It was like being in the eye of a hurricane.
Everything flowed across Elizabeth's desk from the hundreds of departments at headquarters, from the factories in Zaire, the laboratories in Greenland, the offices in Australia and Thailand, from the four corners of the earth. There were reports on new products, sales, statistical projections, advertising campaigns, experimental programs.
There were decisions to be made on building new factories, selling old ones, acquiring companies, hiring and firing executives. Elizabeth had expert advice on every phase of the business, but all final decisions had to be made by her. As they had once been made by Sam. She was grateful now for the three years she had worked with her father. She knew much more about the company than she had realized, and much less. Its very scope was awesome. Elizabeth had once thought of it as a kingdom, but it was a series of kingdoms, run by viceroys, with the president's office as the throne room. Each of her cousins had charge of his own domain, but in addition they supervised other overseas territories, so that they were all traveling constantly.
Elizabeth soon learned that she had a special problem. She was a woman in a man's world, and she discovered that it made a difference. She had never really believed that men subscribed to the myth of the inferiority of women, but she quickly learned better. No one ever put it into words or acted overtly, but Elizabeth was faced with it every day. It was an attitude born of ancient prejudices and it was inescapable. The men did not like taking orders from a woman. They resented the idea of a woman questioning their judgments, trying to improve on their ideas. The fact that Elizabeth was young and attractive made it worse. They tried to make her feel that she should be at home, in a bed or kitchen, and that she should leave serious business matters to the men.
Elizabeth scheduled meetings with different department heads every day. Not all were hostile. Some were predatory. A beautiful girl sitting behind the president's desk was a challenge to the male ego. Their minds were easy to read: If I can fuck her, I can control her.
Like the grown-up version of the boys in Sardinia.
The men went after the wrong part of Elizabeth. They should have gone after her mind, because in the end that was where she controlled them. They underestimated her intelligence, and that was their mistake.
They miscalculated her capacity to assume authority, and that was another error.
And they misjudged her strength, and that was their greatest mistake. She was a Roffe, with the bloodline of old Samuel and her father in her, and she had their determination and spirit.
While the men around her were trying to use Elizabeth, she used them. She tapped the knowledge and the experience and the insights that they had accumulated, and she made them her own. She let the men talk, and she listened. She asked questions, and she remembered the answers.
Every night Elizabeth took home two heavy briefcases filled with reports to be studied. Sometimes she worked until four in the morning. One evening a newspaper photographer snapped a picture of Elizabeth walking out of the building with a secretary carrying her two briefcases. The photograph appeared in the newspapers the next day. The caption read: "Working Heiress."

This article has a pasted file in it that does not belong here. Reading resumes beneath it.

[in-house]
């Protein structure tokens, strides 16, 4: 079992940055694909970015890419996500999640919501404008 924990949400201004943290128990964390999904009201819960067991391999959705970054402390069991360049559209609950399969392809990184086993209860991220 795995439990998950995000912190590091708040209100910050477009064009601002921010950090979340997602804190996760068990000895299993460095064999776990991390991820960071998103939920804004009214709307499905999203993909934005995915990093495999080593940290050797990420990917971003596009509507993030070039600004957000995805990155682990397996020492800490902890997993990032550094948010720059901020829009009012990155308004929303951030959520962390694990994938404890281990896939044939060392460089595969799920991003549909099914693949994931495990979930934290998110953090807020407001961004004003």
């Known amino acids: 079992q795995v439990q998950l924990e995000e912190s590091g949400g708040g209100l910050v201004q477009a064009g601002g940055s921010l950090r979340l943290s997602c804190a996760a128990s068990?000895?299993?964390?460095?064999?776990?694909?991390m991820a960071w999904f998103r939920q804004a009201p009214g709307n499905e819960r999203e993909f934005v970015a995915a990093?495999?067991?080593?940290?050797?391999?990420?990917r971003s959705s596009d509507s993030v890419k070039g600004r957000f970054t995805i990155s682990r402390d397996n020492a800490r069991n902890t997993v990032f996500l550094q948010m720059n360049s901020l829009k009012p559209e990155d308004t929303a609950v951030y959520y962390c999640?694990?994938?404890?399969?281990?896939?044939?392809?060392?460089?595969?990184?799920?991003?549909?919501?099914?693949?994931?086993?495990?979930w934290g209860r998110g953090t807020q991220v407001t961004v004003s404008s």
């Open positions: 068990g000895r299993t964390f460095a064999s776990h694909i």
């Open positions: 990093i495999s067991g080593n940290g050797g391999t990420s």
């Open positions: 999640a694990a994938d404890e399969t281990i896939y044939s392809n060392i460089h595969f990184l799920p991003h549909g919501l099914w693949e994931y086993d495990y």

Elizabeth had become an international celebrity overnight. The story of a beautiful young girl inheriting a multibillion-dollar corporation and then taking command was irresistible. The press jumped at it. Elizabeth was lovely, intelligent, and down-to-earth, a combination they rarely came across in celebrities. She made herself available to them whenever possible, trying to build up the damaged image of the company, and they appreciated it. When she didn't know the answer to a reporter's question, she was not afraid to pick up a telephone and ask someone. Her cousins flew into Zurich once a week for meetings and Elizabeth spent as much time with them as possible. She saw them together, and one at a time. She talked to them and studied them, searching for a clue as to which one of them had allowed innocent people to die in an explosion, had sold secrets to competitors, and which one of them was trying to destroy Roffe and Sons. One of her cousins.
Ivo Palazzi, with his irresistible warmth and charmth.
Alec Nichols, a correct and proper gentleman, and gentle man, always helpful when Elizabeth needed him.
Charles Martel, a dominated, frightened man. And frightened men could be dangerous when cornered.
Walther Gassner. The All-German boy. Beautiful-looking and friendly on the outside. What was he like on the inside? He had married Anna, an heiress, thirteen years his senior. Had he married for love or money?
When Elizabeth was with them, she watched, and listened, and probed. She mentioned the explosion in Chile and studied their reactions, and she talked about the patents that Roffe had lost to other companies, and she discussed the impending government suits.
She learned nothing. Whoever it was, he was too clever to give himself away. He would have to be trapped. Elizabeth recalled Sam's marginal note on the report. Trap the bastard. She would have to find a way.
Elizabeth found herself becoming more and more fascinated by the inside operation of the pharmaceutical business.
Bad news was deliberately spread. If there was a report that a patient had died from a competitor's medication, within half an hour a dozen men were placing telephone calls all around the world. "By the way, did you happen to hear about...?"